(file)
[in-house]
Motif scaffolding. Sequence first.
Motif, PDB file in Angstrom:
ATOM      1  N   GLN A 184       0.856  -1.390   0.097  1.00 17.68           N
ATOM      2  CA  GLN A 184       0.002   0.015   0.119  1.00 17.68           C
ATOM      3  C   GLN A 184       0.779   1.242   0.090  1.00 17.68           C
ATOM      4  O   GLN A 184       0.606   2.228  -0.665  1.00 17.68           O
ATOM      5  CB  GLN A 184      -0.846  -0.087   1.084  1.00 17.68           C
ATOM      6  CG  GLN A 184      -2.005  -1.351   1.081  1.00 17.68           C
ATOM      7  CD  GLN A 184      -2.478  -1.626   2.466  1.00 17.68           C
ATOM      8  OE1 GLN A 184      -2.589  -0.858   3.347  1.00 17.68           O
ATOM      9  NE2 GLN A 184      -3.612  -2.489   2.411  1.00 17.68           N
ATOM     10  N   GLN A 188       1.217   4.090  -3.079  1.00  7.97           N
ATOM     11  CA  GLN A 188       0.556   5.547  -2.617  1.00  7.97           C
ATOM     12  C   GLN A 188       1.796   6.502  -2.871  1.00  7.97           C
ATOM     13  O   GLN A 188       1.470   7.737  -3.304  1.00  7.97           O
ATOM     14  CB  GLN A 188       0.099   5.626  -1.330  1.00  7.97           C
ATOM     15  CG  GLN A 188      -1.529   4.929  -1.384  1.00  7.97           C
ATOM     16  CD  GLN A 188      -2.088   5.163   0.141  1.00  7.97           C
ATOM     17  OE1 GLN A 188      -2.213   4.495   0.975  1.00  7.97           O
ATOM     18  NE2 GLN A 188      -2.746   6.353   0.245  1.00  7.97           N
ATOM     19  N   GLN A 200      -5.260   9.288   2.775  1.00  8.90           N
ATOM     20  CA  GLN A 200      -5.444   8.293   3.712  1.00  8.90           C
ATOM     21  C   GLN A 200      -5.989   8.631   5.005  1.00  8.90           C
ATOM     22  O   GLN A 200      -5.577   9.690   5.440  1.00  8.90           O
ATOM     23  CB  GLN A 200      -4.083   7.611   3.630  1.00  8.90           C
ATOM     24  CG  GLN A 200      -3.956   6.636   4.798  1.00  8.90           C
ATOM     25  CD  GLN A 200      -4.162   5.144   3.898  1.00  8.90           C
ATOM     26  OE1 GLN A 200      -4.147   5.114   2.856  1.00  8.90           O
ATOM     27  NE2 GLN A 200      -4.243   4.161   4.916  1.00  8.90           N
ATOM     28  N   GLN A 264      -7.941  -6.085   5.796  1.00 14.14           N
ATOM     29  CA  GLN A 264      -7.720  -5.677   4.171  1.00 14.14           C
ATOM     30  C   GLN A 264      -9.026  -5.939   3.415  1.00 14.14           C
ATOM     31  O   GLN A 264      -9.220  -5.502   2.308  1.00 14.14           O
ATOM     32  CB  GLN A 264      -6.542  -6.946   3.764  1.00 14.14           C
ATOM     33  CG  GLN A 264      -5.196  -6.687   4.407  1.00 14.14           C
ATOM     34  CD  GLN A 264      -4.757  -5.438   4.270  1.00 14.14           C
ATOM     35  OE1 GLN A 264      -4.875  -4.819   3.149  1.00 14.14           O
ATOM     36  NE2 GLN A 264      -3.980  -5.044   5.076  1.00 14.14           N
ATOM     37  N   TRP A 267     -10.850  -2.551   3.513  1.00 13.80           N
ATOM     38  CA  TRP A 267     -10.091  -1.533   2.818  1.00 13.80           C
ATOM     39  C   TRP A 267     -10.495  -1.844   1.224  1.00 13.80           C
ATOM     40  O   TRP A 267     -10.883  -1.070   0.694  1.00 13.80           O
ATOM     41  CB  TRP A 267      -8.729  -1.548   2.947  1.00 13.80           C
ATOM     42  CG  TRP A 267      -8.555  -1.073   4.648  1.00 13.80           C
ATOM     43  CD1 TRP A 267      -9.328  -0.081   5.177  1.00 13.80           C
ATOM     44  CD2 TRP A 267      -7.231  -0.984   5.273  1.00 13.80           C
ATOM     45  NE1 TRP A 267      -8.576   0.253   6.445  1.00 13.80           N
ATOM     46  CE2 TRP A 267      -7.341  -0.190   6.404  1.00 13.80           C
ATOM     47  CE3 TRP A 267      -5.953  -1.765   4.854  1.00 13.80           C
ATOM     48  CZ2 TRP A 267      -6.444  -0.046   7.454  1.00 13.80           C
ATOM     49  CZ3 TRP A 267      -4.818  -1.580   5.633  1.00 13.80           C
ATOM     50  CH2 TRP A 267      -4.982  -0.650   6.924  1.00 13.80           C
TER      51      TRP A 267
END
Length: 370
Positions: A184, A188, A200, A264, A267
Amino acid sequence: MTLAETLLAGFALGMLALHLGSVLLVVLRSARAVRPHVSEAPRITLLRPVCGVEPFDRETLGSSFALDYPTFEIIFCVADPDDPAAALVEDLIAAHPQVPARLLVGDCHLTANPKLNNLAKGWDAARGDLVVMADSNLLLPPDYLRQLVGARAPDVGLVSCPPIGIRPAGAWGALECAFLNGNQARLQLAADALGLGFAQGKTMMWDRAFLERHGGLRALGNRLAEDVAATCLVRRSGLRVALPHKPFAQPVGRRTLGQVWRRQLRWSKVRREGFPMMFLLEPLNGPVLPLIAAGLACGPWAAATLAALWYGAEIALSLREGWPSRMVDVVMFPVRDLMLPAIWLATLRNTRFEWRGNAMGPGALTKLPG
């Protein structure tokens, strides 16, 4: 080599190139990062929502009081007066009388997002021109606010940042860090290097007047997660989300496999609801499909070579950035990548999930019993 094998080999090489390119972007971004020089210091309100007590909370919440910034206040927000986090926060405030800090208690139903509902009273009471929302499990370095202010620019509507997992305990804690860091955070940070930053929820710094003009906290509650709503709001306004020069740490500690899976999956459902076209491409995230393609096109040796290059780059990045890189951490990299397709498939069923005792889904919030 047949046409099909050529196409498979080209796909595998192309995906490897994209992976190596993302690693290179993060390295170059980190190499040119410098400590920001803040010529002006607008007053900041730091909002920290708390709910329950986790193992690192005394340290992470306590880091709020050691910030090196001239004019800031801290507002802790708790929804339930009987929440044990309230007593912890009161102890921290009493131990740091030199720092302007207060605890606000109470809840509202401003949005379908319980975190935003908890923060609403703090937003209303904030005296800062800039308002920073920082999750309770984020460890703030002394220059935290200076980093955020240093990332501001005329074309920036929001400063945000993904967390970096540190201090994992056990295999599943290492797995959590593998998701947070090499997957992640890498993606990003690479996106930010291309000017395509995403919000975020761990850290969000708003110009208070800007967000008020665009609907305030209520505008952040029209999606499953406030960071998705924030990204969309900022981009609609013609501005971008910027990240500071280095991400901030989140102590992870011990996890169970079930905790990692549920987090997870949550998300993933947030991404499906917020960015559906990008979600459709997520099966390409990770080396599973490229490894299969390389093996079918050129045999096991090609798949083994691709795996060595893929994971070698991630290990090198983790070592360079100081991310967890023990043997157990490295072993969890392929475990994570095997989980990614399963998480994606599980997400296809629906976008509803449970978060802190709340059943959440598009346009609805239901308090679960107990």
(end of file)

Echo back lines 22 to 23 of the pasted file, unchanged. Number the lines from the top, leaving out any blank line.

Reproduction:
ATOM     19  N   GLN A 200      -5.260   9.288   2.775  1.00  8.90           N
ATOM     20  CA  GLN A 200      -5.444   8.293   3.712  1.00  8.90           C